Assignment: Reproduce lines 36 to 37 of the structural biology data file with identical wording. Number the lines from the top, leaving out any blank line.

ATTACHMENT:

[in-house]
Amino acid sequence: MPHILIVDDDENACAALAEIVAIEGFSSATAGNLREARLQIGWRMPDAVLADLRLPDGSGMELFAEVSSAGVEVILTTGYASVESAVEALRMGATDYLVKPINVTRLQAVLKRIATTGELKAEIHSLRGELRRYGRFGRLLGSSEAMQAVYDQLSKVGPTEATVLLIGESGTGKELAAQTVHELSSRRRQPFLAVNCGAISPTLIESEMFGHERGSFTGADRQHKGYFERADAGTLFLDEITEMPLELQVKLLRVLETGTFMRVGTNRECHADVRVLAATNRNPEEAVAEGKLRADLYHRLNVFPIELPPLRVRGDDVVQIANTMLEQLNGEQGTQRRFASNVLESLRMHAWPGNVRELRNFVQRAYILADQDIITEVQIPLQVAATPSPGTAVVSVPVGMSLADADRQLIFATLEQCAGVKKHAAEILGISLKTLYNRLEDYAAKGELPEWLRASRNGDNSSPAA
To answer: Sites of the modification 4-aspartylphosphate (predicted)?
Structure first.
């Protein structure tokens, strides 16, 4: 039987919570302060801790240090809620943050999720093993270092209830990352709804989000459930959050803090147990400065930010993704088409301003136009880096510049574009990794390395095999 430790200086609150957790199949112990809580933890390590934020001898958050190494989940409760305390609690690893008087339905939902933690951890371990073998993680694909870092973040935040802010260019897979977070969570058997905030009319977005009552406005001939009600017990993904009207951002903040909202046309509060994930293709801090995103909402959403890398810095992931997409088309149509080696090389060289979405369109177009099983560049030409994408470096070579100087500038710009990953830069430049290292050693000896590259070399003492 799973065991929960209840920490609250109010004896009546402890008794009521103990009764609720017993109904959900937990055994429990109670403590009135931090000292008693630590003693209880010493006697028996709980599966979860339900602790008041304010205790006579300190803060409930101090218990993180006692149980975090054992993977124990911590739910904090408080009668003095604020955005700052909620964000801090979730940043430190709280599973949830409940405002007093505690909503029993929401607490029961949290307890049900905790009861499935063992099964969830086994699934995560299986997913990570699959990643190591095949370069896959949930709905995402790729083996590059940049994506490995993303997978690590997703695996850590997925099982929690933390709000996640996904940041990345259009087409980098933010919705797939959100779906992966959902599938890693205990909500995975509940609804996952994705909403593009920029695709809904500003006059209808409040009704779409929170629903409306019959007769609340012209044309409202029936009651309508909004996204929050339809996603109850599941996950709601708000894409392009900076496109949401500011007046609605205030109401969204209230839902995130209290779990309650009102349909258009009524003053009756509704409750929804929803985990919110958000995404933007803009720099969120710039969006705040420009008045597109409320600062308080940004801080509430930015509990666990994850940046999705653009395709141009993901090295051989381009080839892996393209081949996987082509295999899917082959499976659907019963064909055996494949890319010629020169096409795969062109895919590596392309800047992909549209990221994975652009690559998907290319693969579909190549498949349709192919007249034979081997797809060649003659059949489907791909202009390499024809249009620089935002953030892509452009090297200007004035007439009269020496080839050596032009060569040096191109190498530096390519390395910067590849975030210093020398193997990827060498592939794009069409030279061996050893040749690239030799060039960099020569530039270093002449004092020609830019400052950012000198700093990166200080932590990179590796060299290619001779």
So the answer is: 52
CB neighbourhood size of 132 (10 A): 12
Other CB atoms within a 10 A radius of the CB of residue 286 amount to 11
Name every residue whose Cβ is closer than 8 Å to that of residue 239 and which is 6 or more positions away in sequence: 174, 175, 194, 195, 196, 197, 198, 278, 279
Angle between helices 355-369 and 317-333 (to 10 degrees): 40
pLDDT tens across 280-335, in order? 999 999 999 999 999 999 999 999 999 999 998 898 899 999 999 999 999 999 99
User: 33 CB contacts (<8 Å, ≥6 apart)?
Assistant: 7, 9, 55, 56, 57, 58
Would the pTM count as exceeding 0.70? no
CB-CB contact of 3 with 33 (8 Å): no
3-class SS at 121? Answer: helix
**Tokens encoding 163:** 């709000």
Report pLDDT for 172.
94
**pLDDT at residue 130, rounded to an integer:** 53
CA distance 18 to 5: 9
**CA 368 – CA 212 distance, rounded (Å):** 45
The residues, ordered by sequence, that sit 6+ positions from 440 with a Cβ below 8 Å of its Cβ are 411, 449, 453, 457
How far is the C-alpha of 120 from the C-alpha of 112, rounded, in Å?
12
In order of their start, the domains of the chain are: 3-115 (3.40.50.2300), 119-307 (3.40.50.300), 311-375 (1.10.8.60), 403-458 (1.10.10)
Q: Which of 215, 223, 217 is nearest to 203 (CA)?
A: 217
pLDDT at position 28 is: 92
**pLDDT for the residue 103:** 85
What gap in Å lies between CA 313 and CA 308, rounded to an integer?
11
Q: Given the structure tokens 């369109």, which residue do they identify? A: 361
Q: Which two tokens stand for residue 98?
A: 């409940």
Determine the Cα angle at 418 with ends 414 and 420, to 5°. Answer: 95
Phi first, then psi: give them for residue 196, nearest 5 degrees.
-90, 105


Determine the Cα angle at 418 with ends 414 and 420, to 5°. Answer: 95
Phi first, then psi: give them for residue 196, nearest 5 degrees.